Analysis of the Prospect of Premiership Rugby Midweek Games

Analysis of the Prospect of Premiership Rugby Midweek Games

It has been reported by Standard Sport that upon its return, Premiership Rugby will face the prospect of midweek games. This is likely to cause controversy for fans and some players alike as many will cry player welfare. Whilst others will argue the product is being devalued.

All are reasonable complaints to raise. However, given the current situation, we perhaps should be more flexible. Premiership Rugby’s return is complicated enough and this is likely the best compromise available.
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Issues With Player Welfare

Current rules around player welfare and minutes played would make midweek games seem almost impossible. It will take careful management to make sure players are not overplayed and stay safe.

However, as Rob Baxter said when asked about the subject “some players will love it”. Some obviously will not but Baxter pointed out that many players enjoy the playing of the game so much that quick turnarounds may suit them.

The issue will be for those squads will less depth and quality across 40 or so players. The Premiership has always been a tournament won by the best squad rather than by the best 15.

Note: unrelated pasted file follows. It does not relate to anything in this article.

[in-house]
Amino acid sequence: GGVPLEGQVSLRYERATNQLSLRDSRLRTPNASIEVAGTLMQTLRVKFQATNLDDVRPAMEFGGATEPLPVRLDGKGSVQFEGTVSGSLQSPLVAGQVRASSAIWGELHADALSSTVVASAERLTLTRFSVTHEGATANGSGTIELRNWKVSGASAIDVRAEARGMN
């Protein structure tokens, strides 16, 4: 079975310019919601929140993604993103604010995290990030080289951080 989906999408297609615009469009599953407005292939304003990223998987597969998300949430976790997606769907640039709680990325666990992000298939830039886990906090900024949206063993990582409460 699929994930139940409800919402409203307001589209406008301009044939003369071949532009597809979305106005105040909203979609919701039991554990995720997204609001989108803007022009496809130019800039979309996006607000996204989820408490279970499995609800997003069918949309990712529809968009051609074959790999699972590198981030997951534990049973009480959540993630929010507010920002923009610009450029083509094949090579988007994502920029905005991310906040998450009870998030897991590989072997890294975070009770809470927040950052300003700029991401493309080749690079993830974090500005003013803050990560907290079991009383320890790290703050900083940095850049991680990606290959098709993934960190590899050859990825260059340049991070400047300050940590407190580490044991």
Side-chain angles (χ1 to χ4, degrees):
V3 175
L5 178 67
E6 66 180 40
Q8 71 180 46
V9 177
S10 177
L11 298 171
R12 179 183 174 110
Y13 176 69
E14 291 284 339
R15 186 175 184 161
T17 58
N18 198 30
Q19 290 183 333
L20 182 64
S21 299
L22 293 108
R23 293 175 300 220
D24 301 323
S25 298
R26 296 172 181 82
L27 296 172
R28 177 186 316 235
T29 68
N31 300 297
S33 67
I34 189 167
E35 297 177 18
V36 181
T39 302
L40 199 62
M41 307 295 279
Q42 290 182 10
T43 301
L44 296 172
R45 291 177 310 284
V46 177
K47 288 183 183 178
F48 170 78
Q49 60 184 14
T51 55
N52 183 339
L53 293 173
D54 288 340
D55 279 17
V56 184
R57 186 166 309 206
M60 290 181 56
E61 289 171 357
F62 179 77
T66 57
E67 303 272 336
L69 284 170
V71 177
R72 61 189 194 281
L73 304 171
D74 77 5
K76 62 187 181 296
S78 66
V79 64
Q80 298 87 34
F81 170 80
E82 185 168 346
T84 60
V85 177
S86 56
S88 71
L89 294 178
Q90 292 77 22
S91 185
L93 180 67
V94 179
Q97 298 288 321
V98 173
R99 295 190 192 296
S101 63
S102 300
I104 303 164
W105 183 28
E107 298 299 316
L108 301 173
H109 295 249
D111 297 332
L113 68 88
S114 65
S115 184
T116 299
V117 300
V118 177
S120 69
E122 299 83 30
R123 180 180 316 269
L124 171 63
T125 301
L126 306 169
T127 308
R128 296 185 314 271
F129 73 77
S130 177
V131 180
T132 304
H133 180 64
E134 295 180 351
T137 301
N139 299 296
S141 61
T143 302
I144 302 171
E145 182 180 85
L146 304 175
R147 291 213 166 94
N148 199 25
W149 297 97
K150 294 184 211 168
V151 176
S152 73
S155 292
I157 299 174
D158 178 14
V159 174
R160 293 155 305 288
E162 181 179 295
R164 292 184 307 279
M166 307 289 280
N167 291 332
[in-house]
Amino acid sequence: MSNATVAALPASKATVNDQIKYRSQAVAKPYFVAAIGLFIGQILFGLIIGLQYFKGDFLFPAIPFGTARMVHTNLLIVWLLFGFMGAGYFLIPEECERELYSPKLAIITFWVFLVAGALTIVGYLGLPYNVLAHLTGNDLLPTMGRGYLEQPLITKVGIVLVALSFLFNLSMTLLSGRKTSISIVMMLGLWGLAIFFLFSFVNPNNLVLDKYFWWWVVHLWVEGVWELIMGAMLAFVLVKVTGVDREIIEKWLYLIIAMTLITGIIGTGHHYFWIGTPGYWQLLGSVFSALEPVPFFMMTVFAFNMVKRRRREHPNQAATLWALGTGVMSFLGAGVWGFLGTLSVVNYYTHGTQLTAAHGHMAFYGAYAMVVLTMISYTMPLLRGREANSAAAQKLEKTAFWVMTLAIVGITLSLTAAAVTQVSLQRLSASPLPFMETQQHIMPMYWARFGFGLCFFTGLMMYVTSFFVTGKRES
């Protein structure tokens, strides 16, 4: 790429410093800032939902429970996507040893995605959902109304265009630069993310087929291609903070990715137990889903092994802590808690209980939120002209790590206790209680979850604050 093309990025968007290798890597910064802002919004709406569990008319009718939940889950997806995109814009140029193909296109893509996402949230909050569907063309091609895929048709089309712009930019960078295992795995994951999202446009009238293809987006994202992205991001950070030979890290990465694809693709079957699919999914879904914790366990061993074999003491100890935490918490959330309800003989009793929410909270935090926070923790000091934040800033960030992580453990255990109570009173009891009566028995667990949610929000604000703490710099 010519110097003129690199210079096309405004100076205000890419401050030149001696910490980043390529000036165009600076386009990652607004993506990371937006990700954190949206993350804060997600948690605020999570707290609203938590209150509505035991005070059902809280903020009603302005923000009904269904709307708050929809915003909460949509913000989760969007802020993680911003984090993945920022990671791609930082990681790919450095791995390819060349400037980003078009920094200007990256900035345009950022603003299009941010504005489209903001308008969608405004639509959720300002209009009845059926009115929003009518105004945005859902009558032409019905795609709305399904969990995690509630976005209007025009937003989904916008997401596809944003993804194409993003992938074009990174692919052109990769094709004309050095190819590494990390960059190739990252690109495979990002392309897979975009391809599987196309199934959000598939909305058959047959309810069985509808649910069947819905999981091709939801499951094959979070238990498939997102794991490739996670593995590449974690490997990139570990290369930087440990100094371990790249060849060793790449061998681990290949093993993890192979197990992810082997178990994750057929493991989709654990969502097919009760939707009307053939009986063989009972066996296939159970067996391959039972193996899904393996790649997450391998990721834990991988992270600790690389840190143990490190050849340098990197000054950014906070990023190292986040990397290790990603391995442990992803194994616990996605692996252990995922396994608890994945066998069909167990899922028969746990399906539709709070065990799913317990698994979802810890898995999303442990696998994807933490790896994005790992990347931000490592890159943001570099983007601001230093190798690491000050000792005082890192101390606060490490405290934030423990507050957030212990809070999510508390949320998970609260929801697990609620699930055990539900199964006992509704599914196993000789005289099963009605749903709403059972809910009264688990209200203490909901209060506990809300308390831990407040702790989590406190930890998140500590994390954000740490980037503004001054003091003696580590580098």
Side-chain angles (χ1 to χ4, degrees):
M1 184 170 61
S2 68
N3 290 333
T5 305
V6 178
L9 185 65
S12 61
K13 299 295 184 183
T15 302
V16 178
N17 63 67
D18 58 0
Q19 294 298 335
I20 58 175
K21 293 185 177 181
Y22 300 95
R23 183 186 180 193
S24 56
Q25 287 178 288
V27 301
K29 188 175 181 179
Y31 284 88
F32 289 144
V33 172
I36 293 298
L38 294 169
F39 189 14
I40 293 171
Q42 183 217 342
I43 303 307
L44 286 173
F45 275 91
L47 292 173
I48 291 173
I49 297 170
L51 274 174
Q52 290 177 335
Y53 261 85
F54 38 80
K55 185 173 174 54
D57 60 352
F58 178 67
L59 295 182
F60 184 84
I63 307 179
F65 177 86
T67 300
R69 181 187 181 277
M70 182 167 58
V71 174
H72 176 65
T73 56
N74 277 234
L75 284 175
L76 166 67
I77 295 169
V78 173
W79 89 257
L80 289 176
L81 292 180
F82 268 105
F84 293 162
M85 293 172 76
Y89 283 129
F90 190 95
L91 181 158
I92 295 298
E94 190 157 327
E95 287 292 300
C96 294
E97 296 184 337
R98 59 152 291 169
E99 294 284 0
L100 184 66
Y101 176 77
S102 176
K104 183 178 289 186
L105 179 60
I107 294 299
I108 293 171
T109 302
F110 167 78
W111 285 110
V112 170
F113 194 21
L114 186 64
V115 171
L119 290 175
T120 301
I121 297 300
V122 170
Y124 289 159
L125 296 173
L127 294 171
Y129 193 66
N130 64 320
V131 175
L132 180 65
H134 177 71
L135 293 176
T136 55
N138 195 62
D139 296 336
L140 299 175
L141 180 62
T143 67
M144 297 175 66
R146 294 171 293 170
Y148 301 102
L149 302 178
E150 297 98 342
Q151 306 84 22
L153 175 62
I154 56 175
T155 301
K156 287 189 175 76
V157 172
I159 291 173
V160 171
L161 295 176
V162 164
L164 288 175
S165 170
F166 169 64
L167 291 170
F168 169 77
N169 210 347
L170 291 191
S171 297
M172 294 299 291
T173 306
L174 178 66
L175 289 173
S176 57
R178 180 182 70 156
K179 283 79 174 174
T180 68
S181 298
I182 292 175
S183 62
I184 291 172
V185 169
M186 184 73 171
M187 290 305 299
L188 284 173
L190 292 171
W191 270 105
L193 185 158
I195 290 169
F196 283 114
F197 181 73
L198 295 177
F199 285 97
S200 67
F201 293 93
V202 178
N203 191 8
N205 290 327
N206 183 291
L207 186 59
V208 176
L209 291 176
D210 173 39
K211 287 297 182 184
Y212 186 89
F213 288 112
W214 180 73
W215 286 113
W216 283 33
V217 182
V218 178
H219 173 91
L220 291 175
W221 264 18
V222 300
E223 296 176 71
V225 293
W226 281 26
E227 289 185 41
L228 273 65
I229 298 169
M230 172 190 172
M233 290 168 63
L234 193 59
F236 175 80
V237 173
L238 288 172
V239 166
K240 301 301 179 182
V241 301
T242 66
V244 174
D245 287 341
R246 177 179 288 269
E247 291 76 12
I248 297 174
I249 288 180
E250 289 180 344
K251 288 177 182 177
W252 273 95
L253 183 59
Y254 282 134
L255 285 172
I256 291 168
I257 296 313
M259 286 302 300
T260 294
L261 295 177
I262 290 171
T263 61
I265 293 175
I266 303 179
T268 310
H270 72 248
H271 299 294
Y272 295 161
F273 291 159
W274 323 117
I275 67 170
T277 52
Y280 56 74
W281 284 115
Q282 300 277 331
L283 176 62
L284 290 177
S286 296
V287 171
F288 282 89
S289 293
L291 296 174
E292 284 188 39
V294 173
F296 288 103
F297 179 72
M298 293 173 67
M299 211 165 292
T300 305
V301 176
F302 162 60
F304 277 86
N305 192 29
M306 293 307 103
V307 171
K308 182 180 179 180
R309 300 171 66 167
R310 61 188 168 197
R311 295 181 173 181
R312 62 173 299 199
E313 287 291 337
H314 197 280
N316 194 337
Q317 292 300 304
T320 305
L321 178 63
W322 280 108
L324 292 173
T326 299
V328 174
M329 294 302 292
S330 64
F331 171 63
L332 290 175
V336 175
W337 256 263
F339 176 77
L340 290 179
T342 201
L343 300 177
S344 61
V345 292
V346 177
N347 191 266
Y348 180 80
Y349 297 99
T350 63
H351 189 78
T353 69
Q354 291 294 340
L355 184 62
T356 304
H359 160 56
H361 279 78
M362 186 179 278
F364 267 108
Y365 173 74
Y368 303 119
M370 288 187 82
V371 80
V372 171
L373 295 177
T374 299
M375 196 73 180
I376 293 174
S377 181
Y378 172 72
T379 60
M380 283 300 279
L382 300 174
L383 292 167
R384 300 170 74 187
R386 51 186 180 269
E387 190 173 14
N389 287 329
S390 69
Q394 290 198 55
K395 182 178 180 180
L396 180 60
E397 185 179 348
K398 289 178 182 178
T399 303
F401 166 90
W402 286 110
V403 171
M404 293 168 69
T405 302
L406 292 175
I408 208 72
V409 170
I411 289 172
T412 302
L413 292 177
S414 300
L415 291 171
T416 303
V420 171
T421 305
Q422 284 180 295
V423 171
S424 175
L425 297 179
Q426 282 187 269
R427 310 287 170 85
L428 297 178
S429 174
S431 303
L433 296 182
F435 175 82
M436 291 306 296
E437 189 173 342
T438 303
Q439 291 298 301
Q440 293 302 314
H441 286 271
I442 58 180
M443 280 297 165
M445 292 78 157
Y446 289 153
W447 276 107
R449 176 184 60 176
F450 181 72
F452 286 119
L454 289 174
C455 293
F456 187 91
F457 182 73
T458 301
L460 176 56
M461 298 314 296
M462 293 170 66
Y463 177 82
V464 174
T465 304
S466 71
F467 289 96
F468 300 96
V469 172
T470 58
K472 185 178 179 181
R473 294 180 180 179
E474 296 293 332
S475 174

However, now this will be the case even more so. If clubs are forced to rely on back up and academy players more then this could bring a whole new dynamic to the competition.

Devaluing the Product

The main reason clubs are so desperate to get back playing is to fulfil TV commitments and to boost revenue. However, a Premiership Rugby filled with second-string players due to midweek games may hamper the product.

For the passionate fan, it is less of an issue. Although we all want to see the top players playing every week we will be happy to watch the wider squad go at it. However, for those more casual fans, this becomes less of an attractive prospect.

If clubs are forced to field essentially “B” teams then they could run into some commercial issues. If the fans do not want to watch these inferior players then the whole scramble to get the competition back could be for nothing.

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A Chance to Shine

Conversely, this could be a chance to shine for some of those lesser-known Premiership players. We could see a previously unknown academy player be the hero of the league this year.

When spun this way the prospect of seeing those rarely given an opportunity becomes that bit more tantalising. Providing every game retains its spice and meaningfulness then Premiership rugby could be onto a winner with midweek games.

It is a chance for the clubs and the league to market these squads as a whole rather than focus on the marquee players. Done well and a whole new appreciation could emerge for the game in this country.

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